Honda Motor Co. routinely exhibits production prototypes labeled as “concepts,” and that was the case with the Acura RLX concept at the 2012 New York International Auto Show. The RLX will arrive in dealer showrooms in early 2013, according to the company.
Perhaps hoping that adding an “X” to the nameplate of the company’s slow-selling RL flagship will convey a bit of extra cachet, the company has stuck with its current formula of having a front- or all-wheel-drive, V6 powered, mid-sized sedan as its top-of-the-line model.
Continuing Acura’s reputation for technology, the RLX will feature all-wheel steering. The base car will use a 310-hp (231-kW) gasoline V6 engine driving the front wheels, with an available Sport Hybrid All Wheel Drive system that adds electric motors powering the rear wheels.
The 3.5-L V6 will be the Acura brand’s first direct-injected engine. (Honda debuted the technology on the four-cylinder Accord.) It drives through a seven-speed dual-clutch automated manual transmission.
The powertrain is similar to that seen previously in the NSX concept, but with the positions of the gasoline and electric drivetrains swapped. The combined power of the hybrid system will be more than 370 hp (276 kW), according to Large Product Leader, Yousuke Sekino. The car is forecast to achieve 30 mpg on both the U.S. EPA city and highway driving cycles.
The new steering system uses independent electric actuators on each of the rear wheels to adjust their toe as needed to aid cornering. Unlike previous all-wheel-steer systems from Honda, Precision All Wheel Steer will not steer the rear wheels opposite the fronts during parking maneuvers, Sekino said. “Parallel parking was awkward, so that is gone.”
Instead, the rear steering is meant as a driver aid, especially in adverse conditions. “On slippery roads or in snow the car will point where you want it to,” he said. “It will do what the driver intends.”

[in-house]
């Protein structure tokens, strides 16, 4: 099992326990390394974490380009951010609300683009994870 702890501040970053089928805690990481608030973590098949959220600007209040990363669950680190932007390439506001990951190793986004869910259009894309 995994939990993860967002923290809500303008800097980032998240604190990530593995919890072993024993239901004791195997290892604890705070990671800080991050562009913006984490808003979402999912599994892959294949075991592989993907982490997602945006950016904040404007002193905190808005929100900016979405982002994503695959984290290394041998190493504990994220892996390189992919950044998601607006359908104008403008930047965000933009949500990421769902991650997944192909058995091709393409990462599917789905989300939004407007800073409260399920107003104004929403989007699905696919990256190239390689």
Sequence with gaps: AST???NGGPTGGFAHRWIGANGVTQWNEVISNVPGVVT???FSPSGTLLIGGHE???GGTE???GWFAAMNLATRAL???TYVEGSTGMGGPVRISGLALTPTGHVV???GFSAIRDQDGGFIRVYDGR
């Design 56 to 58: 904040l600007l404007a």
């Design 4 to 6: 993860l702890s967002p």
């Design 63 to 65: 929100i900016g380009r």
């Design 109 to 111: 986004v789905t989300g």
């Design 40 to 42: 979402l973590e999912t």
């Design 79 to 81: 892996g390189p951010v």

The car features the Amplitude Reactive Dampers first seen in the RDX crossover. The shocks feature softer damping for short suspension strokes for a comfortable ride and stiffer damping for longer strokes for maximum control.
The RLX uses increased percentages of high-strength steel and aluminum to trim curb weight to less than 4000 lb (1814 kg) in front-drive configuration, slicing about 100 lb (45 kg) from the car’s minimum weight. The front double-wishbone suspension is redesigned for improved ride and handling.
Infotainment and HVAC controls are managed by dual LCD screens, an 8-in display and a 7-in touch screen. Audio entertainment takes another step up from today’s ELS Surround system with a new 14-speaker ultra premium stereo. Other electronics typical for premium sedans will be included such as Collision Mitigation Braking, Lane Keep Assist, Forward Collision Warning, and Lane Departure Warning. A new AcuraLink two-way cellular telematics system provides airbag deployment notification, stolen vehicle tracking, remote door unlock, alarm notification, and concierge service.
The RLX is the same length as the RL, but has a 2 in (51 mm) longer wheelbase and is 2 in (51 mm) wider in both track and body width for more cabin space than the outgoing model.
Despite the added letter to the name, a similar front-drive V6 powertrain, similar exterior styling, and body size beg the question of whether the RLX will be able to break out of the sales cellar where the RL has languished.